What Now!?
An invitation. Imagine and then celebrate. Fellow Warriors on Campus

drawing of a wooden art mannequin
drawing by Darcy Williams

Imagine with me. You are going to a club on Friday night. You’re on top of the world. After a few drinks, you narrow your focus to the interesting person in front of you. You try to forget the world.

The next thing you know you are handcuffed, then, you must change clothes into a funny outfit.
What now?

Your sobriety answers this very easily by morning. You’re locked up. Only one way out. Through this.

There is a trial, everything unfolds. Your date was killed in the car accident. You are the murderer. You must plead guilty to accidental manslaughter. You’re sentenced to 10 years in Prison.
What now?

Five years go by.

One Friday afternoon a formerly incarcerated guy comes from the outside to speak to everyone inside. He says he is going to college and he says you can too, before getting out of prison. All you have to do is apply and be accepted.

He reads the mission statement of the program from the Alliance for Higher Education in Prison.

“We envision a world in which all people, including those in prison, have access to quality higher education, creating a more just and equitable world.

We believe in the unequivocal value of every person and their right to be treated equitably, without labels or stigmas.’s

We support the expansion of quality higher education in prison, empower students while in prison and after release, and shape public discussion about education and incarceration.”

You go back to your cell after the presentation. You don’t feel like you’re “college” material. So, you forget about Alliance/HEP.

Five more years go by. Then. You receive release papers. You have to give an address for release. You choose a halfway house option as you have no home to go to. You get out.
You’re broke, and no one will give you a job. Any job you get has to allow time off for parole –but you’re afraid to tell them you’re on parole. Many of the jobs you have applied to say no thank you when you were honest.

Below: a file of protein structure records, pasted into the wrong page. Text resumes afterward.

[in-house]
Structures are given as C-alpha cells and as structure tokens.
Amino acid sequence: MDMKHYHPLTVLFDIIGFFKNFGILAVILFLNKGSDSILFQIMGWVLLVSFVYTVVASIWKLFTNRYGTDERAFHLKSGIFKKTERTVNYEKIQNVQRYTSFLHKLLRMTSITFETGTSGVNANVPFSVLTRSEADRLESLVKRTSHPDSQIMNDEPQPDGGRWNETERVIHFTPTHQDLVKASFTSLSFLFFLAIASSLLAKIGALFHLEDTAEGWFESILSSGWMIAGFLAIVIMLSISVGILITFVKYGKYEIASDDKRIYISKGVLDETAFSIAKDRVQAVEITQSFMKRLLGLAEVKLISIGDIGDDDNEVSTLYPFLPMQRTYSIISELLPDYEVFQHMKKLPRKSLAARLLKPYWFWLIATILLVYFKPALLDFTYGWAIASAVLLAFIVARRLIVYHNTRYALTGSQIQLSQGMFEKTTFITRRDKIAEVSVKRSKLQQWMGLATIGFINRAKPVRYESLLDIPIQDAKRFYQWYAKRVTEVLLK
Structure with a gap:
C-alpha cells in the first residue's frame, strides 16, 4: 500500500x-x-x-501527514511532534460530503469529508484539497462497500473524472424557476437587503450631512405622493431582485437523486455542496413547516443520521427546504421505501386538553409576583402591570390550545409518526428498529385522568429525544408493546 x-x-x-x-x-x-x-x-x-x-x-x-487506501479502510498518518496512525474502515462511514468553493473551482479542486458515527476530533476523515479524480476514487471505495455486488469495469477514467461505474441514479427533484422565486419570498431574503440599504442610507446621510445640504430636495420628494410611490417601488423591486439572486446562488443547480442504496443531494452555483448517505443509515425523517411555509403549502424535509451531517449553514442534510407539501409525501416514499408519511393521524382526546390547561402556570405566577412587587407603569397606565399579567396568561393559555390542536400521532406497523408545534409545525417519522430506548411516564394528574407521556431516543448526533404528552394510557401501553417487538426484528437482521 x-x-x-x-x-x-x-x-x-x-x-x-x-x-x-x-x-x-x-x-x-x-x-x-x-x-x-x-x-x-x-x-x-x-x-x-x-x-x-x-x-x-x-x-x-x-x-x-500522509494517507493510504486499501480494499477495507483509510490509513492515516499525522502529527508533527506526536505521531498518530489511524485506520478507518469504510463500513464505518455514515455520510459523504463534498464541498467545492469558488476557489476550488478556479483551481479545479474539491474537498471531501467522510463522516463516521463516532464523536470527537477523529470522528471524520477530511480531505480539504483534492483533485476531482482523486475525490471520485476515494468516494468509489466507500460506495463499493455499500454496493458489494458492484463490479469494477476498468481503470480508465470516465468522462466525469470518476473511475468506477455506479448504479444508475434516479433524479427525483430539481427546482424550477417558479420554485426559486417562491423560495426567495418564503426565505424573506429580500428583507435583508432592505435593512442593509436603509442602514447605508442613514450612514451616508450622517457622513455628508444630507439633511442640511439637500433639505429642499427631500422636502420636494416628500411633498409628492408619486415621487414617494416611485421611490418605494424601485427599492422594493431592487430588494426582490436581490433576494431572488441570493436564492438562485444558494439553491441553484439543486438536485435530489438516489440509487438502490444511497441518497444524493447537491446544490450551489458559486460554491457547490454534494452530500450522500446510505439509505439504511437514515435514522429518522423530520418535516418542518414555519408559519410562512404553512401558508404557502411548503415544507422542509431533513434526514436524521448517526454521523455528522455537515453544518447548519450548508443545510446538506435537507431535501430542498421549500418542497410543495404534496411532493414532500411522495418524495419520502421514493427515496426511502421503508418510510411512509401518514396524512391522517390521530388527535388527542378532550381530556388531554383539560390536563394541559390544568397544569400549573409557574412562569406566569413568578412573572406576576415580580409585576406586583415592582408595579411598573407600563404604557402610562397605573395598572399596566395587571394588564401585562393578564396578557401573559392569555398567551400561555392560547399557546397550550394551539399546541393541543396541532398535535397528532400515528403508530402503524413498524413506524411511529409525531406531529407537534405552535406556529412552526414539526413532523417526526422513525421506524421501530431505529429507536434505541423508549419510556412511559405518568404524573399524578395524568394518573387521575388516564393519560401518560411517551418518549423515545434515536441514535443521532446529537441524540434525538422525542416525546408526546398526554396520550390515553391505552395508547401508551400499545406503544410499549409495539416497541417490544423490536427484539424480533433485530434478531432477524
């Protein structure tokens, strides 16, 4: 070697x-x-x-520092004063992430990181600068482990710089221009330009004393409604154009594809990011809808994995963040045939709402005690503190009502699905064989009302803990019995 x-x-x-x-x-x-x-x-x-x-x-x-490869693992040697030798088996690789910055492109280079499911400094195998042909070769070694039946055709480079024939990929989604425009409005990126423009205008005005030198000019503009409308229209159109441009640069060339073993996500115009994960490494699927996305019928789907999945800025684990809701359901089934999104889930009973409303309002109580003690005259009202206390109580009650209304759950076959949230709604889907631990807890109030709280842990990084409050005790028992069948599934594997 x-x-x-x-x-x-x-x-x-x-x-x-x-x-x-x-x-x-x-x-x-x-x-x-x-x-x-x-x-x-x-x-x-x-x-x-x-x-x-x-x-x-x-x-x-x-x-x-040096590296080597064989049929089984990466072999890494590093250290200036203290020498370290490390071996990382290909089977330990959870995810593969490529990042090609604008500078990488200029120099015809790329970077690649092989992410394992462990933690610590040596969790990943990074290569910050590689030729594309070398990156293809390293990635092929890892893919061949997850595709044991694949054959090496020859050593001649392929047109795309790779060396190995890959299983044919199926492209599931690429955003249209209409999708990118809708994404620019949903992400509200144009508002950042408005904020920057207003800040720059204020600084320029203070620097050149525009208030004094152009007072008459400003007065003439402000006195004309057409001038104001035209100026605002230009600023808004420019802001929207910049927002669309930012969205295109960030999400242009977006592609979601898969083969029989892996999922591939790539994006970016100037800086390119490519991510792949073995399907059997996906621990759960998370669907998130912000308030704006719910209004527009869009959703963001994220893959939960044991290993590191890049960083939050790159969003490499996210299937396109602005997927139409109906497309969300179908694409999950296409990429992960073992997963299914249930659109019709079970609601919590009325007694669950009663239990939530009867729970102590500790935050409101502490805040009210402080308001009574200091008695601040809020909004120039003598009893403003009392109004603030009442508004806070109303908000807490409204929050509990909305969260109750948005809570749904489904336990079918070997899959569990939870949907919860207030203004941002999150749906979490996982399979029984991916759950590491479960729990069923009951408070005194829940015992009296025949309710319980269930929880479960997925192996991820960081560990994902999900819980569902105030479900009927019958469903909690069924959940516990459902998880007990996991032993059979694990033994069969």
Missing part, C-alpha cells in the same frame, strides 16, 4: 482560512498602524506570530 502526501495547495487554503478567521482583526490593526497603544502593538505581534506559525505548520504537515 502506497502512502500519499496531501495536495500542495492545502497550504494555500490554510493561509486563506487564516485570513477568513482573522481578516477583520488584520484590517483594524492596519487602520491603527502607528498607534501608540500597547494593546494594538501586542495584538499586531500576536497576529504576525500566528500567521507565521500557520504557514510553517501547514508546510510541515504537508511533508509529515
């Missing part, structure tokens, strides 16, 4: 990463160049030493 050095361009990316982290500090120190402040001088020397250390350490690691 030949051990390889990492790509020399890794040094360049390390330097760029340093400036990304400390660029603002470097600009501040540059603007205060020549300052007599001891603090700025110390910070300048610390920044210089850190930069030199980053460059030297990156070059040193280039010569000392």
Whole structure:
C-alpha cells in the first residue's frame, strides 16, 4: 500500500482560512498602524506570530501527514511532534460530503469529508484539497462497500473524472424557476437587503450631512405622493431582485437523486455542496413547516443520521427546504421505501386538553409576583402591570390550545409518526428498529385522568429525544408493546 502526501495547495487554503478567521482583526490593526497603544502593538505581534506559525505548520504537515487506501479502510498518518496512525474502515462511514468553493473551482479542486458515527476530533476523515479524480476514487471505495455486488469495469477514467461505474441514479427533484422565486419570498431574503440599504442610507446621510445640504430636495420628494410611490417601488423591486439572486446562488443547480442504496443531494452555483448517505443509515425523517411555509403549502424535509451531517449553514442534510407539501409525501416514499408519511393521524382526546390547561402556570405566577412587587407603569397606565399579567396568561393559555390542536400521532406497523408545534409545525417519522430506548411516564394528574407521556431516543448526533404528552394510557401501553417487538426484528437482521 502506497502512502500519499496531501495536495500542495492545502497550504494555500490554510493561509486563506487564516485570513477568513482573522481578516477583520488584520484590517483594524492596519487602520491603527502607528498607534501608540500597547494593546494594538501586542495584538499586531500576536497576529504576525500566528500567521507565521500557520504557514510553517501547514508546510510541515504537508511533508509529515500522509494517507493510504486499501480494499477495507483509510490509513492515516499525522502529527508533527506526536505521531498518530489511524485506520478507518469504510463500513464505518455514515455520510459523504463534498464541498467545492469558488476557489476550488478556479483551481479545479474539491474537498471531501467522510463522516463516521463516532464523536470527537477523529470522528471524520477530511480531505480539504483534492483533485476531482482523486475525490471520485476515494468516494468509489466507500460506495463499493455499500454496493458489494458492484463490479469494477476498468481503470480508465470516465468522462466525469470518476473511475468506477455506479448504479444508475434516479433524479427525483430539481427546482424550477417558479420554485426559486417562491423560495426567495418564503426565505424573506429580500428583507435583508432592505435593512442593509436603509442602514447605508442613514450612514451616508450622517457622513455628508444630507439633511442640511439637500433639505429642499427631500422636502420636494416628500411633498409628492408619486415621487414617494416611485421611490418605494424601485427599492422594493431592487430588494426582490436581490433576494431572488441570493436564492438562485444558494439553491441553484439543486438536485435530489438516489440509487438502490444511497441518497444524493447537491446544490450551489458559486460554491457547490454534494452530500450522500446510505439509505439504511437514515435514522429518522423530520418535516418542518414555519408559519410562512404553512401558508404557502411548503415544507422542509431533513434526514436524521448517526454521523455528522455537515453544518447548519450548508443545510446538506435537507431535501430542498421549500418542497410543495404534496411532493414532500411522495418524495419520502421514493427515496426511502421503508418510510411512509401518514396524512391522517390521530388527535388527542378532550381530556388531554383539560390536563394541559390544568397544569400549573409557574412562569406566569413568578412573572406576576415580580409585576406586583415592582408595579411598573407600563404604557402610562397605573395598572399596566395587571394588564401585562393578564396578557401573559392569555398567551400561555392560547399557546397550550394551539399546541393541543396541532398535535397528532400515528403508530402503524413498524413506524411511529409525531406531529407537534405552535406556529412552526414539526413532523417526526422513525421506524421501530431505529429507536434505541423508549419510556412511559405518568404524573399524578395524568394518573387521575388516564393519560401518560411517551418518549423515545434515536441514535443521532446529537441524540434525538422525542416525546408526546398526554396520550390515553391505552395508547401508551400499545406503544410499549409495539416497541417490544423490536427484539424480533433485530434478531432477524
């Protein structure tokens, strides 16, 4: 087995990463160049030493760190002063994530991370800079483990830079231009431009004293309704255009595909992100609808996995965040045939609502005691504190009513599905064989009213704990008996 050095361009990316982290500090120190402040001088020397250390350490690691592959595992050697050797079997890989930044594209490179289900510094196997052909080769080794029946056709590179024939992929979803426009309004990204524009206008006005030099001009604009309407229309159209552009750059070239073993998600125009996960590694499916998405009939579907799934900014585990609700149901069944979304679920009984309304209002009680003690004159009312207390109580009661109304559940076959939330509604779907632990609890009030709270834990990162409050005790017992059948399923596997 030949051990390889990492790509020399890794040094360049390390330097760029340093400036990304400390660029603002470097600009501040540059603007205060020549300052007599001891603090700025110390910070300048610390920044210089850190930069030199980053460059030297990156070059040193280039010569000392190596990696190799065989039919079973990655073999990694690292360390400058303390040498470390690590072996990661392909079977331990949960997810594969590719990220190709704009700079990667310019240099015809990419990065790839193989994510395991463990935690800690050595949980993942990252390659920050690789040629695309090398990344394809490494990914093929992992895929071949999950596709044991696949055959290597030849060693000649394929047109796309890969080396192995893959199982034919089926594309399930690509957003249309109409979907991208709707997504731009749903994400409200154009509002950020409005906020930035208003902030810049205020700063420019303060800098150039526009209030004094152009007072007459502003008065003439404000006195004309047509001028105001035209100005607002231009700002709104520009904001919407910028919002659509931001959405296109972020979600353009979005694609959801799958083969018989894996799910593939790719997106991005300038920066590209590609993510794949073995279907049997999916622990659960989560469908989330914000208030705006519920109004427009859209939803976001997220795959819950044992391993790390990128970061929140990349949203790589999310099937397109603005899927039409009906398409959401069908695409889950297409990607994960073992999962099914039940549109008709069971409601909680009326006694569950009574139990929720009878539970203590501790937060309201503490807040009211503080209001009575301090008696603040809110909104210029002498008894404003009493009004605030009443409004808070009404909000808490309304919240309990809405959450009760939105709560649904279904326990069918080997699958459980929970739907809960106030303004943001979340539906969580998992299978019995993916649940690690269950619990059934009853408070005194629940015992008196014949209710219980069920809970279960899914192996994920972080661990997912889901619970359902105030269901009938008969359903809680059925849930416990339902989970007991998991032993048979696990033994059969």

What now?

Finally, after months of eating and living at the halfway house, you find a job. It’s nothing you want to brag about but, you’re exhilarated. You save for 4 months. You apply for apartments. You have been given a “no” at every apartment you apply to. After 9 months, your one year mark to stay at the halfway house is approaching. You work full-time every day. You stay out of any trouble, keep to yourself. After 3 dozen applications someone finally gives you a room that you share with someone else.

You have a kitchen. You relearn how to make cookies. The smell makes you cry.
You have an address. You send yourself a letter–in pure exhilaration.

You check boxes. You fight. You stay free. Even though your actions for nearly 11 years have shown you are determined not to do anything stupid ever again. Day to day, you work- and you fight to stay on top of the requirements to stay “free”. You must have spotless parole for five years. You have 4 more years of weekly check-ins where you cannot miss.

The parole check-in is weekly and three miles away by bus. Your bus is always late, so you go to the bus stop an hour early because you have to ensure that you don’t miss your appointment, which would result in “a warrant to be issued for your arrest, –or you could be ordered to report to jail by your parole officer. [In Oregon] you are no longer entitled to court-appointed counsel, once you are placed into custody with a parole violation.”

What now?
One day, a piece of mail you receive warms your heart–and changes everything.

A flier. With a familiar title.
Higher Education in Prison (HEP) program….Info night…..Free Pizza.

You look into the sky and think to yourself, “Maybe an education would be the answer to the persistent question: “What now? ” You meet a Rebound Peer Specialist and fill out an application.

After 2 weeks, you’ve been accepted to Portland State University. You literally cry. You can’t believe it. You’re going to college!

Books start coming in the mail. You start reading. After 6 more weeks, you are standing on a University Campus. You stand there. No one notices you or thinks you don’t belong. Even with your face tattoo. It’s a feeling you can’t even describe.